Upon a teleobjective being inserted into the camera, and upon both being inserted into the pouch-like case 1 (FIG. 2c), it is apparent that the longer objective 5 reduces the distance between the outer- and inner walls 7 and 14, especially in the front range thereof, in comparison to a short standard objective 5. Also the interspace 18 is not filled so densely with the balls, because the inner wall 14 is expanded more in a forward direction, and thereby becomes tauter.

In what follows there is described, with reference to FIGS. 3a-3c, the use of the combined camera case as a stand-like support of the camera. If the user pulls the inner wall 14 out of the pouch-like front hood 3 into the empty, but opened camera case 1, the volume of the empty space 13 between the outer and inner walls 13 is almost doubled. In this manner, the entire camera case with all its walls and components can be folded or compacted into any desired form, and due to its pliability, may assume almost any desired outer shape. As a result, when the pliable case is placed on an irregular or arbitrarily shaped support, such as a brick wall 22, for example, as shown in FIG. 3a, a brick wall surface inclined in the direction of the optical axis 21 of the camera, the cushion-like case wall, together with other case parts, are shaped by means of the pliable small balls, so as to fill any uneveness 23 of the brick wall. By slightly pressing upon the case, the balls in the cushion-like part permit the camera, that is located on the upper surface of the folded case, to take up any suitable position, and to obtain a stable support in the seat points 24 and 24'. As shown in FIG. 3a, in spite of the downward inclination of the brick surface 22, the optical axis 21 of the camera is directed upwardly towards an object to be photographed. The collapsed or folded case body 2 and the relatively stiffer outer side surfaces 12 thus form a support in the abutment seat 24' for the objective 5. The carrying strap 17 extends freely around the resulting stand-like support of the camera.

FIG. 3b shows an example of the application of the folded empty case as a stand-like support on a rounded log or tree trunk 25. The optical axis of the camera is here directed downwardly. The inner wall portion 14 of the cushion-like part has been pulled out of the front hood 3 of the case to form an abutment seat 24' for supporting the front of the camera objective, and the folded case body 2 levels the rearwardly sloping surface of the round log 25, and serves as an abutment seat 24 for the camera.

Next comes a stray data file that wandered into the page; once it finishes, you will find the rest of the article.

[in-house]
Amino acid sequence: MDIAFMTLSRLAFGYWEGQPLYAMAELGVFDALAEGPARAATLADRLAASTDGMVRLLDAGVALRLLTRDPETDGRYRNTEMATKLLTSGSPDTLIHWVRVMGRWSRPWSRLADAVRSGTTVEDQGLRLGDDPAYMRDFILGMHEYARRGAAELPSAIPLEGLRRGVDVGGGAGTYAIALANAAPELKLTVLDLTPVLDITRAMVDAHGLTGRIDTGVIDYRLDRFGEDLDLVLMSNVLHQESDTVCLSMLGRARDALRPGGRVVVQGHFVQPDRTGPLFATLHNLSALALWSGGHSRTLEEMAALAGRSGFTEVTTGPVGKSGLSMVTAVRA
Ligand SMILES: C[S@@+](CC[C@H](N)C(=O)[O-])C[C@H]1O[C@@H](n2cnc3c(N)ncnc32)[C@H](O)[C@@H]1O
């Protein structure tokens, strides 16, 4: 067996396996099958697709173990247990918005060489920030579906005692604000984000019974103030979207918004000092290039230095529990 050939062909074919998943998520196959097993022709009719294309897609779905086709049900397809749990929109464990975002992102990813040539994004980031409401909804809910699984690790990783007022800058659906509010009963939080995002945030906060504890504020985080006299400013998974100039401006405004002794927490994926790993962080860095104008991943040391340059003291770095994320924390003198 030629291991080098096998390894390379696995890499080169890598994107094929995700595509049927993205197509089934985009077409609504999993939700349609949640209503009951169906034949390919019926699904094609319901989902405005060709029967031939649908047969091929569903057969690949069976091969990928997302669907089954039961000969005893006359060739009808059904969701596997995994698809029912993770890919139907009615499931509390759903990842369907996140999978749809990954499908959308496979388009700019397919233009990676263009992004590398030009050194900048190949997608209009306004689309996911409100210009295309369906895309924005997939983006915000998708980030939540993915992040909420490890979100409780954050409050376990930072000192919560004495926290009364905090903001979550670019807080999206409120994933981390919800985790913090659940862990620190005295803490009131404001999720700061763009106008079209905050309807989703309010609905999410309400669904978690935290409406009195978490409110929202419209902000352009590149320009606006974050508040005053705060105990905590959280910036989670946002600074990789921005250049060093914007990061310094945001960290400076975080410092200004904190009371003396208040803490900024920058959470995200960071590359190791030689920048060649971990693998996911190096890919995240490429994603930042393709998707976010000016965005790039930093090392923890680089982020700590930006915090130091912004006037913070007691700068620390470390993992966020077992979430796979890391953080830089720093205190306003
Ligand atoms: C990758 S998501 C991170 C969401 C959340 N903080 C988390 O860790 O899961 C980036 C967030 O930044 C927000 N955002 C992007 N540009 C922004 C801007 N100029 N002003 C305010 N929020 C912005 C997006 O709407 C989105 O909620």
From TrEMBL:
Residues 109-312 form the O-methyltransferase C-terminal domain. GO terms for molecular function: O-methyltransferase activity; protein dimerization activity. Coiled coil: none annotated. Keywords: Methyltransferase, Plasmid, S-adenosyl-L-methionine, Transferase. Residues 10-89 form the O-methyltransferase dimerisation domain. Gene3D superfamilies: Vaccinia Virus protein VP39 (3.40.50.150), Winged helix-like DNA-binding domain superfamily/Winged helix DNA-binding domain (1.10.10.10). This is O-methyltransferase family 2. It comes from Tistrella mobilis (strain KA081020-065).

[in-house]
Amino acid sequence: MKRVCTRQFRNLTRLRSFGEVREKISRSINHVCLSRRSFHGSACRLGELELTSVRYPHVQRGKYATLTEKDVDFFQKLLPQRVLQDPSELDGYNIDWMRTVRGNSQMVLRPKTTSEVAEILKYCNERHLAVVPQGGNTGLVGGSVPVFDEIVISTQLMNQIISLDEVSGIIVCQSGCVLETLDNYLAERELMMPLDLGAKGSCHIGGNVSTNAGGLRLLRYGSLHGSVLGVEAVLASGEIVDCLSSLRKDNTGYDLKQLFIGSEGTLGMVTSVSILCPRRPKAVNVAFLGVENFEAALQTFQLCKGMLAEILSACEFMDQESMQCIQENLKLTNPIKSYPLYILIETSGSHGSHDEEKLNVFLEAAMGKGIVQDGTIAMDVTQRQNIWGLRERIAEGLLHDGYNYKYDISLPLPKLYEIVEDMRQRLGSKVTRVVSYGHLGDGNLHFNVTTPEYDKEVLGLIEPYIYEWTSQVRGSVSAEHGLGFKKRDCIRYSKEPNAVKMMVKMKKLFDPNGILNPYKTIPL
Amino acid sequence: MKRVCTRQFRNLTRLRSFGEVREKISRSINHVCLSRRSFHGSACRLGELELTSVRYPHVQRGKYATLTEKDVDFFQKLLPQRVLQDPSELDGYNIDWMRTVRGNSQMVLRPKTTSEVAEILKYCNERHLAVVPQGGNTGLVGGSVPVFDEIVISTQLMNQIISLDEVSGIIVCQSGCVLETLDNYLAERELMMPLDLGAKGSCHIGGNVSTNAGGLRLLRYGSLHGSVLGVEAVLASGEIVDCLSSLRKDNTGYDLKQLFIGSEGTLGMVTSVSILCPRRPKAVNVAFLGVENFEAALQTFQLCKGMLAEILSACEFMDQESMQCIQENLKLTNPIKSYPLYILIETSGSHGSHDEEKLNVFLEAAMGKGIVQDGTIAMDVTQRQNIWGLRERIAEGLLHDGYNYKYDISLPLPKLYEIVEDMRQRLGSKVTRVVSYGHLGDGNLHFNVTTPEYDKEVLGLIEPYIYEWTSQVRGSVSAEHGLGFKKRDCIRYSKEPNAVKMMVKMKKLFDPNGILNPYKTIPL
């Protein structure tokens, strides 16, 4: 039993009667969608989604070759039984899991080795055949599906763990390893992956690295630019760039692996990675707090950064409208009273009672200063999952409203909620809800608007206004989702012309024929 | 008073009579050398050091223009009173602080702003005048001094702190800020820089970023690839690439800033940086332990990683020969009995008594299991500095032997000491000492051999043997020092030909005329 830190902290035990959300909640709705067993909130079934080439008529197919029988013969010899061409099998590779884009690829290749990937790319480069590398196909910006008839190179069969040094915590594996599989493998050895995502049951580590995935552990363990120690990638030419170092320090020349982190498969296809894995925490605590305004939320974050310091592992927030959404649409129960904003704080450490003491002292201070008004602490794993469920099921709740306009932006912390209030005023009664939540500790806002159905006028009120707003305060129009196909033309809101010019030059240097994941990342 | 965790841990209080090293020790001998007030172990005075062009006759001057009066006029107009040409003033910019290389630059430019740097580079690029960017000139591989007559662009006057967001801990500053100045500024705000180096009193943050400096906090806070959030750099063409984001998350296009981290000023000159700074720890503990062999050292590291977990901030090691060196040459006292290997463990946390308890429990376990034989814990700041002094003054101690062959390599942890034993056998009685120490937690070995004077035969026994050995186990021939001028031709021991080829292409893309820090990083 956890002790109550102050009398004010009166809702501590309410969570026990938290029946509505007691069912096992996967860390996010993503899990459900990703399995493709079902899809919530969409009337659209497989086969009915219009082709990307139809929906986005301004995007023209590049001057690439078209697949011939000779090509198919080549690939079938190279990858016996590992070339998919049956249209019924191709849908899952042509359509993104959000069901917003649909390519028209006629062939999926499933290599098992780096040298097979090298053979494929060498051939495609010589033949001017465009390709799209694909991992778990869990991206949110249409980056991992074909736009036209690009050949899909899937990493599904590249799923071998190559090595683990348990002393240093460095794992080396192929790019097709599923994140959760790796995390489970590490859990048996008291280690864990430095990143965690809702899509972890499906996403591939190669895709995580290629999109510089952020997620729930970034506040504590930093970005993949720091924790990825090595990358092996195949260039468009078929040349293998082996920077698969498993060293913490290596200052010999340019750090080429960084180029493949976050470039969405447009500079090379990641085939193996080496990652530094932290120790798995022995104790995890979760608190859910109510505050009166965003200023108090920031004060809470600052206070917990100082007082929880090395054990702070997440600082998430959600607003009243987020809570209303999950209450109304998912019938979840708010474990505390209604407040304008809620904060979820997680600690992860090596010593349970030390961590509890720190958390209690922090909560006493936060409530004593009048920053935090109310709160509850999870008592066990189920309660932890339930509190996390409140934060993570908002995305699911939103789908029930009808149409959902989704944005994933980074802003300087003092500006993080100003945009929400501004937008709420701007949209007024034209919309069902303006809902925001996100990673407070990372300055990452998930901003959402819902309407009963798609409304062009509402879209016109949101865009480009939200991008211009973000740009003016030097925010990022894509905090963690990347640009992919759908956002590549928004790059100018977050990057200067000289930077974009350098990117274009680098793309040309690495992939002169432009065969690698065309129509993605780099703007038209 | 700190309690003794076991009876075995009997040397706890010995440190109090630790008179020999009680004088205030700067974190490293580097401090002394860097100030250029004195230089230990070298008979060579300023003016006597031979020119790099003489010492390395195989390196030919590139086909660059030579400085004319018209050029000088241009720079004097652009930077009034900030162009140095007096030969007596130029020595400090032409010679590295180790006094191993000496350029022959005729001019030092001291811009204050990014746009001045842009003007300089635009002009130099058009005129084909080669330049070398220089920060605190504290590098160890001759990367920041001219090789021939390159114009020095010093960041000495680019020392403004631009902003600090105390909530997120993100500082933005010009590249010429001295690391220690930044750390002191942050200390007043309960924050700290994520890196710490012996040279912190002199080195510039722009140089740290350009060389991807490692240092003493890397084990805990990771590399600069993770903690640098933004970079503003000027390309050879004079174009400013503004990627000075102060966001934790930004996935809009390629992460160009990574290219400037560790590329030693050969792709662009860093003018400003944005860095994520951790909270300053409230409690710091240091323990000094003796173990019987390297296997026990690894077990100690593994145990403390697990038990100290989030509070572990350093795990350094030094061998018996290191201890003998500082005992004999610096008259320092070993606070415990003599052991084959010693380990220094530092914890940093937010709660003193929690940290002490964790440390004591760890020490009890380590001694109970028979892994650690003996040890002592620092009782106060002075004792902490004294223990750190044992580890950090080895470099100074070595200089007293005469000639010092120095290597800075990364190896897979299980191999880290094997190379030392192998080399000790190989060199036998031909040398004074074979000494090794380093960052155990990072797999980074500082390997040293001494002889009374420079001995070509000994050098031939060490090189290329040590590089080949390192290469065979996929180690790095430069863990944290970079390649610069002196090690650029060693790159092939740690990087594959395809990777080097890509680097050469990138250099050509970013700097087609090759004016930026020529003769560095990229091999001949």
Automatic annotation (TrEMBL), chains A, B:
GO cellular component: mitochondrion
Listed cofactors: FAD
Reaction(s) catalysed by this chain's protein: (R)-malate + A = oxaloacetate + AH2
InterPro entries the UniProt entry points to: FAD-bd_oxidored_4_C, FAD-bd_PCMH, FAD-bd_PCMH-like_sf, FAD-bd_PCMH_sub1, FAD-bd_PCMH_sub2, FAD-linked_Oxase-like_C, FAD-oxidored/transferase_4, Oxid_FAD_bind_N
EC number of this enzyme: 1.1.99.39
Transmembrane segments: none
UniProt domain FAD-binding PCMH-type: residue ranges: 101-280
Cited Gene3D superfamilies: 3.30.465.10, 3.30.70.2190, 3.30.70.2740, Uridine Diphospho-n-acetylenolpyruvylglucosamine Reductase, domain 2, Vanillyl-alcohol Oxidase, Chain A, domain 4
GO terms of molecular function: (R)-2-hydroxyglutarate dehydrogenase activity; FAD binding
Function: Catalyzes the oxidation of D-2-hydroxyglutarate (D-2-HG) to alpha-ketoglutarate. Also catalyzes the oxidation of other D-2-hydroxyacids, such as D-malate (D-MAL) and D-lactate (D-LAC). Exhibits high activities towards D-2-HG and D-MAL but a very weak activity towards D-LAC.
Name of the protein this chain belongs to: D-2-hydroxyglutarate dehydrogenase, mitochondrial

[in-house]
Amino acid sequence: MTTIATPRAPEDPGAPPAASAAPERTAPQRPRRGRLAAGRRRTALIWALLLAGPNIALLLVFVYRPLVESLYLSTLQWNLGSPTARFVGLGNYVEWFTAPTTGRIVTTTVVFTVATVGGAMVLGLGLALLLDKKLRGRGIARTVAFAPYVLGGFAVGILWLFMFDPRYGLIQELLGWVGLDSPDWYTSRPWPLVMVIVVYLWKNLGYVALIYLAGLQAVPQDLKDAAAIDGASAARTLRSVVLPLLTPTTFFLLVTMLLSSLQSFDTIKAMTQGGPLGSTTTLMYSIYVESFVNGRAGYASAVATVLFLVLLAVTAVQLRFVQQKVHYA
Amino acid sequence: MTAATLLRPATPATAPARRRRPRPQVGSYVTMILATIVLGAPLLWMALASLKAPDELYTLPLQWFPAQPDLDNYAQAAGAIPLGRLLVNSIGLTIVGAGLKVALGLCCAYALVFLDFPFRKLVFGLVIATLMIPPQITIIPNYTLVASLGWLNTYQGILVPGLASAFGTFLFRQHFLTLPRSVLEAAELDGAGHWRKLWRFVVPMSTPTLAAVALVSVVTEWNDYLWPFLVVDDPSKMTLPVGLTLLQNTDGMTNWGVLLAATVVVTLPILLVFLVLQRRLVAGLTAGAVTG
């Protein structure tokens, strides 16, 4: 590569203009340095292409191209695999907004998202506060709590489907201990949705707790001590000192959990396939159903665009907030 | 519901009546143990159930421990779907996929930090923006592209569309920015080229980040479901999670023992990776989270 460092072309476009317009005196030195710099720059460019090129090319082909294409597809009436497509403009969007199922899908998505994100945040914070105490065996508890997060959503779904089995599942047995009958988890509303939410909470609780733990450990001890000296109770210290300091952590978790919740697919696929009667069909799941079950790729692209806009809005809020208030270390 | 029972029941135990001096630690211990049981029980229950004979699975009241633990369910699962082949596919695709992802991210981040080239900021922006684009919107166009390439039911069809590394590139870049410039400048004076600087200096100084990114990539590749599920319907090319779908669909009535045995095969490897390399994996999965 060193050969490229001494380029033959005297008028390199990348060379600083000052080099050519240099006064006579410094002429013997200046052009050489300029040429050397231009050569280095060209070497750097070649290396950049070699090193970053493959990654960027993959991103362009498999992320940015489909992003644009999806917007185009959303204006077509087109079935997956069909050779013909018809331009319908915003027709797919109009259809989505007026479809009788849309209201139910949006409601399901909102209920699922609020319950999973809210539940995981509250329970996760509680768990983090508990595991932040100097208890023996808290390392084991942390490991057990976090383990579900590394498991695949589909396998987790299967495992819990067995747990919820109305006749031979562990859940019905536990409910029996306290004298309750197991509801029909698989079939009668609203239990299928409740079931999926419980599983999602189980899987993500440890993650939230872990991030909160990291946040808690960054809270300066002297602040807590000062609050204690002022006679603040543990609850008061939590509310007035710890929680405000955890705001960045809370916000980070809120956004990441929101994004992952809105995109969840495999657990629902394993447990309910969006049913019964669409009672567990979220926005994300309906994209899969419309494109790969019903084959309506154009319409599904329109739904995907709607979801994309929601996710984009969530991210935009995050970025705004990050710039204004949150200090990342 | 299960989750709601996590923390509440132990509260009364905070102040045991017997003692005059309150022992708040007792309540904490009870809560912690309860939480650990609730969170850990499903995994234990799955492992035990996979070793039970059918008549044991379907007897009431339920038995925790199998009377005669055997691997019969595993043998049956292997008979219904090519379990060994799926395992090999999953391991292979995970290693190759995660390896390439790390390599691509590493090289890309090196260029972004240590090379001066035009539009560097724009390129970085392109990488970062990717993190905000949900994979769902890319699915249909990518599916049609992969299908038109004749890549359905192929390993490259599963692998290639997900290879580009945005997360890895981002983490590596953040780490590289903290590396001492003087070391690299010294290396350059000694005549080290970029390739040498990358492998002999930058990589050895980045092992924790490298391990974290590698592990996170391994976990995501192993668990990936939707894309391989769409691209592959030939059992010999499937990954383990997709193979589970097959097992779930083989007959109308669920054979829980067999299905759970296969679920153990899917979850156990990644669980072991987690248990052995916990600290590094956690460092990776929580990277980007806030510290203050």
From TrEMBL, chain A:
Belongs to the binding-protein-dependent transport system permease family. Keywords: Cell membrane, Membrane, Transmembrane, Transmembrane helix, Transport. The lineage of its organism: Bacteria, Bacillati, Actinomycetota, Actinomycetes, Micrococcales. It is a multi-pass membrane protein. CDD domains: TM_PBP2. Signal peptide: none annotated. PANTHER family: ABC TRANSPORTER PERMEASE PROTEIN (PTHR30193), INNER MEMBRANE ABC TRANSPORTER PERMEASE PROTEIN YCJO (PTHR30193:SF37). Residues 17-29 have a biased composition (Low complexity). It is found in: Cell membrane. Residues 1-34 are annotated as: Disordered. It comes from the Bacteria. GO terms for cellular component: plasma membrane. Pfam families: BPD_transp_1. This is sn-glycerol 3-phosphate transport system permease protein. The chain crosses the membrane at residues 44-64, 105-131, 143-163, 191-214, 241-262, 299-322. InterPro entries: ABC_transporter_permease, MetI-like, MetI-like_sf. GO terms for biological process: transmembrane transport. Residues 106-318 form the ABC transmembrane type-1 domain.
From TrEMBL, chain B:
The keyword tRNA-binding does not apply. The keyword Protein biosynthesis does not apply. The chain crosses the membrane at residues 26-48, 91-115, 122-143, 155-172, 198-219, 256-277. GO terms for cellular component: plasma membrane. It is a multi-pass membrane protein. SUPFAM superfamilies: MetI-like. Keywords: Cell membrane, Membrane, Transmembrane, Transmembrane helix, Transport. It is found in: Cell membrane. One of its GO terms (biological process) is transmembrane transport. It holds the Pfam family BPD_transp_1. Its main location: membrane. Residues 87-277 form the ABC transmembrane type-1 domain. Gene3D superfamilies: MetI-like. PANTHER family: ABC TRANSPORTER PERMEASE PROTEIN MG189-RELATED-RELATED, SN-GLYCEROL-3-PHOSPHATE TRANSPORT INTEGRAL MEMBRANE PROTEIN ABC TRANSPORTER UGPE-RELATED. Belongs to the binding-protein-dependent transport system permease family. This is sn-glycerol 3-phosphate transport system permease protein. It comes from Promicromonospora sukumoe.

Finally FIG. 3c shows an extreme case wherein the camera is seated on a pointed post 26 with a forwardly directed optical axis 21. In this case it is important that very few, or no balls 15, be left in the range of the tip portion of the post, and that the outer- and inner-wall portions 7 and 14 be pulled away from each other, while the pliable filling and the folded parts of the case body 2 be arranged immediately around the tip portion of the post. In this manner a sufficiently large stand or support is attained for the bottom abutment edges and surfaces of the camera, so that the camera is securely resting on these edges and surfaces, even under such unfavorable conditions.

In all the above-discussed embodiments, both the camera and the case remain mutually connected by means of the carrying strip 17 passing through the outlet slits 16 upon an irregular supporting surface having been built up, when even the camera 4 is removed from the camera case 1. Consequently, upon the completion of the picture taking, both the case and the camera can be reliably and securely gripped again by means of the carrying strip.

In FIG. 4a, another possible embodiment of the camera case in the form of a ready-to-use casing, is shown. A case body 27 made of a solid material, for example, case leather, is detachably connected by means of a zipper fastener 6 to a front hood 3. The structure of the front hood 3 corresponds generally to that described in the preceding examples shown in FIGS. 2a to 2c. The only departure is the transition from the solid case body 27 to the soft front hood 6 at the bottom 28 of the case. The case bottom 28 is first firmly screwed to the bottom of the camera by means of a screw 29 threaded to fit a conventional stand. Immediately next to the lower end 30 of the zip fastener 6, a predetermined folding line 31 is defined in the solid leather. The cushion-like or double wall front hood 3 formed with the interspace 13 adjoins the outer seam of the zip fastener. A covering hood 34 of the front hood 3 made of a soft leather adjoins the upper end of the seam 33 up to the double-walled front hood 3. The covering hood 34 facilitates a convenient tilting movement of the front hood 3, and upon the opening of the zip fastener, it can be swung forwardly over the upper part of the camera.

FIG. 4 shows a camera supported in a picture-taking position on an irregular brick wall surface 22 (corresponding to FIG. 3a). Upon opening of the case and pivoting of the front hood 3 about the predetermined folding line 31, and after pulling the outer and inner walls 7 and 14 away from each other, the case is spread out by means of the small balls 15 on the uneven brick wall surface 22. In the example shown (FIG. 4b), the camera is pressed into the pliable surface of the inner wall 14, while maintaining its optical axis directed upwardly. The cover hood 34 and the side surfaces 12 of the front hood 3 fill out, and level the irregularities 23 in the brick wall 22.